Are Women Athletes Portrayed the Same as Male Athletes in High School Yearbooks?

A new study by Heather Van Mullem, a professor of kinesiology and health in the Division of Movement and Sport Sciences at Lewis-Clark State College in Lewiston, Idaho, examined the portrayal of male and female athletes in high school yearbooks published between 1920 and 2020. Dr. Van Mullen analyzed photographs of athletes for their presentation of athletic competence, using presence on court, in uniform, and in action shots as indicators.

Her results showed that for photographs of a single individual or a group, males were statistically portrayed in uniform more often than females. In images of two or more people, males were statistically portrayed in active shots more often than females and were portrayed on court more often than females. Females were statistically portrayed off court more often than males. These presentation choices articulate to the broader community that male athletes are perceived to be more competent athletically, which translates to a perceived sense of increased value in their athleticism, according to Dr. Van Mullem.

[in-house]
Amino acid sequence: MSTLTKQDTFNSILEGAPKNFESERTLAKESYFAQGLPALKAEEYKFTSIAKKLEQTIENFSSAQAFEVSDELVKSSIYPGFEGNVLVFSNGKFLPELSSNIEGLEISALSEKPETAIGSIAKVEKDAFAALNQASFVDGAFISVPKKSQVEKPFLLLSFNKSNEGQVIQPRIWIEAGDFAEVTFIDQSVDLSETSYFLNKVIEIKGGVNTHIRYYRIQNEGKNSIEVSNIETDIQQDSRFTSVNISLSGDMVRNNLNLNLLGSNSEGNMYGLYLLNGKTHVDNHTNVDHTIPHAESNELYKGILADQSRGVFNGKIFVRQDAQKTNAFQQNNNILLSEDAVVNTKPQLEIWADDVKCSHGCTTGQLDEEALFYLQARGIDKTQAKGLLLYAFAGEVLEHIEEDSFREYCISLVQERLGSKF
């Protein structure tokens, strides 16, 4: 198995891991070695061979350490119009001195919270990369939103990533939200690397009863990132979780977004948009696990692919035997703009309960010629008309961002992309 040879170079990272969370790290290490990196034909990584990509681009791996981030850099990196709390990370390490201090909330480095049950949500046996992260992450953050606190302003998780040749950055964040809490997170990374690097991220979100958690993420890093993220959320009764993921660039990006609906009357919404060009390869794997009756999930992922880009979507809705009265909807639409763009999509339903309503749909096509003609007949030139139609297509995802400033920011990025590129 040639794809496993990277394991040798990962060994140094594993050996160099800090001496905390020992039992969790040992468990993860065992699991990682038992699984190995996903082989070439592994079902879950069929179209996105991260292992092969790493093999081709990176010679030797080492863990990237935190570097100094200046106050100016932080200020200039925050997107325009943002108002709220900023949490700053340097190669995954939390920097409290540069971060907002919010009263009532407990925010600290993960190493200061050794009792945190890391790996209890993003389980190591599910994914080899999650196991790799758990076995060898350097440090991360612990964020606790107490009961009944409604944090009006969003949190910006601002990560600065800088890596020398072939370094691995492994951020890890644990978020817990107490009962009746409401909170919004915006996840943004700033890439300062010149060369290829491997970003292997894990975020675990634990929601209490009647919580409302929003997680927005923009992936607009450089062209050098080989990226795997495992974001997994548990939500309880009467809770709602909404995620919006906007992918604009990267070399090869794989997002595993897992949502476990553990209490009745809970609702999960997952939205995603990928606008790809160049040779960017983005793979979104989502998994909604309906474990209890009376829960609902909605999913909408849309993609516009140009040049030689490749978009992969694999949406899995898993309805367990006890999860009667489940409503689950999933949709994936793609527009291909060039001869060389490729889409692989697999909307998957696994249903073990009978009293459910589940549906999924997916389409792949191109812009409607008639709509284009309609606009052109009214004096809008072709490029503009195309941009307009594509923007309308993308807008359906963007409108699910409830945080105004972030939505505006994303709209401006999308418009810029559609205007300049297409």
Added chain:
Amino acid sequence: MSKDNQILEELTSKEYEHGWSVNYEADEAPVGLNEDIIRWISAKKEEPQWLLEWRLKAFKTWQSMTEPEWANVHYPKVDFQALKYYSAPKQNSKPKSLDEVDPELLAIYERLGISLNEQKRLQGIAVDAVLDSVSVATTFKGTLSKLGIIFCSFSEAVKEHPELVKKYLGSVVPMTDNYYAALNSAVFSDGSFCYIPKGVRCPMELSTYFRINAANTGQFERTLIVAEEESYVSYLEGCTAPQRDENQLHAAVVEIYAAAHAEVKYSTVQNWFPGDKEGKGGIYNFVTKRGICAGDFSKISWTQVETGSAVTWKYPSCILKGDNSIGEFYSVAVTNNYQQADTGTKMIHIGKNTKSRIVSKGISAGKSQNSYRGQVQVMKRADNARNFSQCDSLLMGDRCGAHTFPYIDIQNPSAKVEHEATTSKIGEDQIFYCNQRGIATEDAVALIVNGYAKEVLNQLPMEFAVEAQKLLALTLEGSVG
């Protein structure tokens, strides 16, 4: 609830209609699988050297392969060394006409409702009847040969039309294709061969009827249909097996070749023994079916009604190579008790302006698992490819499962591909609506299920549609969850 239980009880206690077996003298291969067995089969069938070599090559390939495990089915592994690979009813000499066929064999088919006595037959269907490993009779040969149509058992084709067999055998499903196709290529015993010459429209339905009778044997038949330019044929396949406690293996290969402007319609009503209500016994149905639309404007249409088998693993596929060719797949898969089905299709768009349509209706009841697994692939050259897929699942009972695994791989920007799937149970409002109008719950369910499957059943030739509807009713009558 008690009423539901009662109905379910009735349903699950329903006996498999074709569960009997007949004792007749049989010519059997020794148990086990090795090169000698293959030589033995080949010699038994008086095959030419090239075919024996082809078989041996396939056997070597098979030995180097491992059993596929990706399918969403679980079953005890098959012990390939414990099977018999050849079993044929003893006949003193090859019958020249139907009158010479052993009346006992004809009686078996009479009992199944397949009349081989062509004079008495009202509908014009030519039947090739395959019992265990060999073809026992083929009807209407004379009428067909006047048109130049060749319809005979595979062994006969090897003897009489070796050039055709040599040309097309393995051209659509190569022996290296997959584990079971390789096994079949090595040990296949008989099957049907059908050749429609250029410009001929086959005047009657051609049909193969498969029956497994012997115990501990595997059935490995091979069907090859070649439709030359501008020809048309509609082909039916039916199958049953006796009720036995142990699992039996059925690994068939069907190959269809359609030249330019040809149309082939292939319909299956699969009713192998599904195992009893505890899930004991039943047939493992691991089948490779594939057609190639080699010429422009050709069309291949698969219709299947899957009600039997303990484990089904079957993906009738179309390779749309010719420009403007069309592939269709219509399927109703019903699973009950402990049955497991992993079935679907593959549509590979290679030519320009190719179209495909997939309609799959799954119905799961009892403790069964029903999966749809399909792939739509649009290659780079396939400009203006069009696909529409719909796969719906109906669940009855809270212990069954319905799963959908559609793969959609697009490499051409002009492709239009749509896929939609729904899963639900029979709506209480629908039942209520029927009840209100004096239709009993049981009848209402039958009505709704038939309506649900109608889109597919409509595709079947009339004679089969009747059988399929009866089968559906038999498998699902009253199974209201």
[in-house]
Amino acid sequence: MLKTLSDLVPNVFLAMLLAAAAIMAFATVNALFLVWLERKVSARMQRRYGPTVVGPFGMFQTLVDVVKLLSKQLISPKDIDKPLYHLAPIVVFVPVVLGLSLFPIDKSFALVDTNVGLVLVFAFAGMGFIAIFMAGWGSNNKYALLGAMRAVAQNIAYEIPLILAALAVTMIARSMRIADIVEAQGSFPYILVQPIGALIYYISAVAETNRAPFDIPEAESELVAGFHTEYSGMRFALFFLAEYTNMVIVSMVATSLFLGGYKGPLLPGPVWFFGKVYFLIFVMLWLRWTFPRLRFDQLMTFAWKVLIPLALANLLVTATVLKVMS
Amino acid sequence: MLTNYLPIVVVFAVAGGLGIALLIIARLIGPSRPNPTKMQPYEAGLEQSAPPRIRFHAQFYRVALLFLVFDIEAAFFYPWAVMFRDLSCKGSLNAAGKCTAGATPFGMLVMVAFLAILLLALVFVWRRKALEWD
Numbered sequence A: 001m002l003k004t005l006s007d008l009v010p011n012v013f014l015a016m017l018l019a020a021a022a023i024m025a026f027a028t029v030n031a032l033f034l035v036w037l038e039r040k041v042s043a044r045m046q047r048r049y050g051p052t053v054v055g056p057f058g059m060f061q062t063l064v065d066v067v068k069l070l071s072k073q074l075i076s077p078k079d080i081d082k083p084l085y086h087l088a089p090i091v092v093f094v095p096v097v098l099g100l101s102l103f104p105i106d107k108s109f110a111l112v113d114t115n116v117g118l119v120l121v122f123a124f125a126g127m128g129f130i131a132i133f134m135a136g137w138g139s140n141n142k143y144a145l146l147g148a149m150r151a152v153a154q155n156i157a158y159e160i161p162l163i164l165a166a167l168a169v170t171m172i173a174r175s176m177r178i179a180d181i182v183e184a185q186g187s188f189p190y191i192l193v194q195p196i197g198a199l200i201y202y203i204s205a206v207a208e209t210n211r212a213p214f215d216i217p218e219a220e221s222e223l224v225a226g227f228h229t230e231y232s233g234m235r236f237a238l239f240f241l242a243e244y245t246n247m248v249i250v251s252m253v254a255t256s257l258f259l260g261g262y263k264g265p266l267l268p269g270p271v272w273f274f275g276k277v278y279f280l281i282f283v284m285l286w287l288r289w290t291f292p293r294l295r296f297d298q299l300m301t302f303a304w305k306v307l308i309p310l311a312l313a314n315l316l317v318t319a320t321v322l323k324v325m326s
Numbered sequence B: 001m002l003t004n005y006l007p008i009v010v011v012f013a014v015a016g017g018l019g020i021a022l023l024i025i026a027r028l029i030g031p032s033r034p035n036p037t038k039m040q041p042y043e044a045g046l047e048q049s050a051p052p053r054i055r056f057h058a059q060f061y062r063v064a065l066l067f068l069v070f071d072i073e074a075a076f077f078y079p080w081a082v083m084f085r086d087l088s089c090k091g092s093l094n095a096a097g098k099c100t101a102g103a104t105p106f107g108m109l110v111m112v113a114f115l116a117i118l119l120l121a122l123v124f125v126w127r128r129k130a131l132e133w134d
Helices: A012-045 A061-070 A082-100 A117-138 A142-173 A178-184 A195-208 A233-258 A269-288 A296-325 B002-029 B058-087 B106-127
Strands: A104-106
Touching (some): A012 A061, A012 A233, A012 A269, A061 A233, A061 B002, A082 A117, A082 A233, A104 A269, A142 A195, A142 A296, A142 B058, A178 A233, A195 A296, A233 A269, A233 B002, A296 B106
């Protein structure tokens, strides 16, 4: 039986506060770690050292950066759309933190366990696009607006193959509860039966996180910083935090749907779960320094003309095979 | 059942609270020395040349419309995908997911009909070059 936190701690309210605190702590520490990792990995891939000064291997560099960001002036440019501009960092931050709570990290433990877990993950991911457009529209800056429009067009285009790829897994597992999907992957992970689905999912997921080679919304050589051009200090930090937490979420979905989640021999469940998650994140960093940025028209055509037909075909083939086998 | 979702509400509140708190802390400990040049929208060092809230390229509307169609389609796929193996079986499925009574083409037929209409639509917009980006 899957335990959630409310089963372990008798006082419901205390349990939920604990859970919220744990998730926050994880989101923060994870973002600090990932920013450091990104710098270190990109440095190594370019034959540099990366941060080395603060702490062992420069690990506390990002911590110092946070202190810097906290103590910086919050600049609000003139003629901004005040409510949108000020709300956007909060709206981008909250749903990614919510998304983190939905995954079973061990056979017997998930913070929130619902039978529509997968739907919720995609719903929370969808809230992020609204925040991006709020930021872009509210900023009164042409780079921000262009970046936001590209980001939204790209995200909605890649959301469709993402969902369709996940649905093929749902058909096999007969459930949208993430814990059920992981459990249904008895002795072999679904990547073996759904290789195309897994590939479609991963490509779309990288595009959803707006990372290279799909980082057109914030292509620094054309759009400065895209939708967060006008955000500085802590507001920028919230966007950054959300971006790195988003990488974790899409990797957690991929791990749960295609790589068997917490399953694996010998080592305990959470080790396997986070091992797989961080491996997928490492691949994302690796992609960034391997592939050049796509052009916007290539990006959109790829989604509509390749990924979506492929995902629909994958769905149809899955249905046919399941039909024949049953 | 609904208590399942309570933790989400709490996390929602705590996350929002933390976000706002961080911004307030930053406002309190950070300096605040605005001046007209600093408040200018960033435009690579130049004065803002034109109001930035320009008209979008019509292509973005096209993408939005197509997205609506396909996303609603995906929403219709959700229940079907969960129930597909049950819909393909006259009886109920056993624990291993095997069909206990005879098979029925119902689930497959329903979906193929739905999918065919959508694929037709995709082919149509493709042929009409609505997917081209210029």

Professor Van Mullem wrote that “male athletes, when compared to female athletes, are more commonly presented as competent athletes. Perceptions of athletic competence may influence levels of respect and value, which in turn may influence equity. Athletic and yearbook administrators should ensure the quantity, quality, and type of yearbook photos reflect both the season of competition but also the true athletic competence of the competitors.”

Dr. Van Mullem is a graduate of Eastern Washington University. She earned a master’s degree at Humboldt State University in Arcata, California, and a Ph.D. at the University of Kansas.

The full study, “You Play Like a Girl? Gender and Image in High School Yearbooks,” was published in The Sport Journal. It may be accessed here.

Filed Under: Research/Study


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